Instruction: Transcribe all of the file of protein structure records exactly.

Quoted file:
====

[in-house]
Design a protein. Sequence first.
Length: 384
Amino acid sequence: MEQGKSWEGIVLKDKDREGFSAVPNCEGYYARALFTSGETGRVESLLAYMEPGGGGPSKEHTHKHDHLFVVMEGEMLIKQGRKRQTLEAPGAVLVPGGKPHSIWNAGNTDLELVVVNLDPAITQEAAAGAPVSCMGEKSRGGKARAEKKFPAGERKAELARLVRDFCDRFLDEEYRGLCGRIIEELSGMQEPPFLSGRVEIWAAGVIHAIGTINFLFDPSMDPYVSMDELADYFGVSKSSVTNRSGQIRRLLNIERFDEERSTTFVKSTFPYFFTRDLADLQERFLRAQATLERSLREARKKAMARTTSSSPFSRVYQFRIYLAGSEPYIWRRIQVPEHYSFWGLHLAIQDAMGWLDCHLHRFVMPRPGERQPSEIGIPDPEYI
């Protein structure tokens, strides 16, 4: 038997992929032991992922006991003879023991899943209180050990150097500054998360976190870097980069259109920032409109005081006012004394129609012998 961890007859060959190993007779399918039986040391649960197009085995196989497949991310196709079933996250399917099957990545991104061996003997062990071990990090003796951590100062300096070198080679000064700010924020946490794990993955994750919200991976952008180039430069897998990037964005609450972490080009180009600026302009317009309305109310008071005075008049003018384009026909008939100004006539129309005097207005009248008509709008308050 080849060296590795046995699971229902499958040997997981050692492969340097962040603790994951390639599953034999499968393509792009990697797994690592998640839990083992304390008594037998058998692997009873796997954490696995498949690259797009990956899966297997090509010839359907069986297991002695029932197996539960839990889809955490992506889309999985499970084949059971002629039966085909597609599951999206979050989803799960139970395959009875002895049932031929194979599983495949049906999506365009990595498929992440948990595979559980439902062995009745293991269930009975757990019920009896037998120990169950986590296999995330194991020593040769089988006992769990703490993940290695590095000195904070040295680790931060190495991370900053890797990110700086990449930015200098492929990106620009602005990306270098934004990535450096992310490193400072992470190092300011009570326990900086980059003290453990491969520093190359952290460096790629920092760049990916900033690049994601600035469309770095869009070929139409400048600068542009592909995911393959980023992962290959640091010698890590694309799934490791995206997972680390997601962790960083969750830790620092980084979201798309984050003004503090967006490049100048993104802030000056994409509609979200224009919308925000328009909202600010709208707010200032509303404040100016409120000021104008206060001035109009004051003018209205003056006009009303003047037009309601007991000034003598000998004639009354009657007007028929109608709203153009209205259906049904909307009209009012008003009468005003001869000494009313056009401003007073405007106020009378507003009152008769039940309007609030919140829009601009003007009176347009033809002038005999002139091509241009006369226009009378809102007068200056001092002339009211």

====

[in-house]
Design a protein. Sequence first.
Length: 384
Amino acid sequence: MEQGKSWEGIVLKDKDREGFSAVPNCEGYYARALFTSGETGRVESLLAYMEPGGGGPSKEHTHKHDHLFVVMEGEMLIKQGRKRQTLEAPGAVLVPGGKPHSIWNAGNTDLELVVVNLDPAITQEAAAGAPVSCMGEKSRGGKARAEKKFPAGERKAELARLVRDFCDRFLDEEYRGLCGRIIEELSGMQEPPFLSGRVEIWAAGVIHAIGTINFLFDPSMDPYVSMDELADYFGVSKSSVTNRSGQIRRLLNIERFDEERSTTFVKSTFPYFFTRDLADLQERFLRAQATLERSLREARKKAMARTTSSSPFSRVYQFRIYLAGSEPYIWRRIQVPEHYSFWGLHLAIQDAMGWLDCHLHRFVMPRPGERQPSEIGIPDPEYI
């Protein structure tokens, strides 16, 4: 038997992929032991992922006991003879023991899943209180050990150097500054998360976190870097980069259109920032409109005081006012004394129609012998 961890007859060959190993007779399918039986040391649960197009085995196989497949991310196709079933996250399917099957990545991104061996003997062990071990990090003796951590100062300096070198080679000064700010924020946490794990993955994750919200991976952008180039430069897998990037964005609450972490080009180009600026302009317009309305109310008071005075008049003018384009026909008939100004006539129309005097207005009248008509709008308050 080849060296590795046995699971229902499958040997997981050692492969340097962040603790994951390639599953034999499968393509792009990697797994690592998640839990083992304390008594037998058998692997009873796997954490696995498949690259797009990956899966297997090509010839359907069986297991002695029932197996539960839990889809955490992506889309999985499970084949059971002629039966085909597609599951999206979050989803799960139970395959009875002895049932031929194979599983495949049906999506365009990595498929992440948990595979559980439902062995009745293991269930009975757990019920009896037998120990169950986590296999995330194991020593040769089988006992769990703490993940290695590095000195904070040295680790931060190495991370900053890797990110700086990449930015200098492929990106620009602005990306270098934004990535450096992310490193400072992470190092300011009570326990900086980059003290453990491969520093190359952290460096790629920092760049990916900033690049994601600035469309770095869009070929139409400048600068542009592909995911393959980023992962290959640091010698890590694309799934490791995206997972680390997601962790960083969750830790620092980084979201798309984050003004503090967006490049100048993104802030000056994409509609979200224009919308925000328009909202600010709208707010200032509303404040100016409120000021104008206060001035109009004051003018209205003056006009009303003047037009309601007991000034003598000998004639009354009657007007028929109608709203153009209205259906049904909307009209009012008003009468005003001869000494009313056009401003007073405007106020009378507003009152008769039940309007609030919140829009601009003007009176347009033809002038005999002139091509241009006369226009009378809102007068200056001092002339009211």